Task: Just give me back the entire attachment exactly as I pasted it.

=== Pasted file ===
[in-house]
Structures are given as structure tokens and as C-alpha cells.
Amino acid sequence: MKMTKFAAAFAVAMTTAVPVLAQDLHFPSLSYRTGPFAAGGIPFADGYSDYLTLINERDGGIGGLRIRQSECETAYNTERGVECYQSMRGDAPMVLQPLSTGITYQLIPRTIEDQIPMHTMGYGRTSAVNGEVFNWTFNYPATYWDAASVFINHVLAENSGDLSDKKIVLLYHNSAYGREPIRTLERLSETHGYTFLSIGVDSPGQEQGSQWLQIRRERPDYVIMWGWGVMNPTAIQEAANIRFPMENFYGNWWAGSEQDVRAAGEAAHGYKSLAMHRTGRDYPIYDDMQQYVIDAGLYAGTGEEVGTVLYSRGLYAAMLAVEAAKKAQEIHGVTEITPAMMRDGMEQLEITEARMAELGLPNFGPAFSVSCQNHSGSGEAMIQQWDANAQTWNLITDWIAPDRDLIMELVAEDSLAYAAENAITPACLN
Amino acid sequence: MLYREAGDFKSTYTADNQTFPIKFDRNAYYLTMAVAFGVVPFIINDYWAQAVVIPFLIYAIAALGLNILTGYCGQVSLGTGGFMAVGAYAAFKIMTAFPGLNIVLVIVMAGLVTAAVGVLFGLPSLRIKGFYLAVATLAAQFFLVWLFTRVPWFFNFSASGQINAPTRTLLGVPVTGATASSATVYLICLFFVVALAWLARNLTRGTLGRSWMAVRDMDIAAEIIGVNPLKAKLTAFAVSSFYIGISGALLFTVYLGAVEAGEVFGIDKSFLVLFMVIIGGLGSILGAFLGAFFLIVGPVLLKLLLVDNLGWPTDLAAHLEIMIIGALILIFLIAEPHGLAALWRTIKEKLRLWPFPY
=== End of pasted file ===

[in-house]
Structures are given as structure tokens and as C-alpha cells.
Amino acid sequence: MKMTKFAAAFAVAMTTAVPVLAQDLHFPSLSYRTGPFAAGGIPFADGYSDYLTLINERDGGIGGLRIRQSECETAYNTERGVECYQSMRGDAPMVLQPLSTGITYQLIPRTIEDQIPMHTMGYGRTSAVNGEVFNWTFNYPATYWDAASVFINHVLAENSGDLSDKKIVLLYHNSAYGREPIRTLERLSETHGYTFLSIGVDSPGQEQGSQWLQIRRERPDYVIMWGWGVMNPTAIQEAANIRFPMENFYGNWWAGSEQDVRAAGEAAHGYKSLAMHRTGRDYPIYDDMQQYVIDAGLYAGTGEEVGTVLYSRGLYAAMLAVEAAKKAQEIHGVTEITPAMMRDGMEQLEITEARMAELGLPNFGPAFSVSCQNHSGSGEAMIQQWDANAQTWNLITDWIAPDRDLIMELVAEDSLAYAAENAITPACLN
Amino acid sequence: MLYREAGDFKSTYTADNQTFPIKFDRNAYYLTMAVAFGVVPFIINDYWAQAVVIPFLIYAIAALGLNILTGYCGQVSLGTGGFMAVGAYAAFKIMTAFPGLNIVLVIVMAGLVTAAVGVLFGLPSLRIKGFYLAVATLAAQFFLVWLFTRVPWFFNFSASGQINAPTRTLLGVPVTGATASSATVYLICLFFVVALAWLARNLTRGTLGRSWMAVRDMDIAAEIIGVNPLKAKLTAFAVSSFYIGISGALLFTVYLGAVEAGEVFGIDKSFLVLFMVIIGGLGSILGAFLGAFFLIVGPVLLKLLLVDNLGWPTDLAAHLEIMIIGALILIFLIAEPHGLAALWRTIKEKLRLWPFPY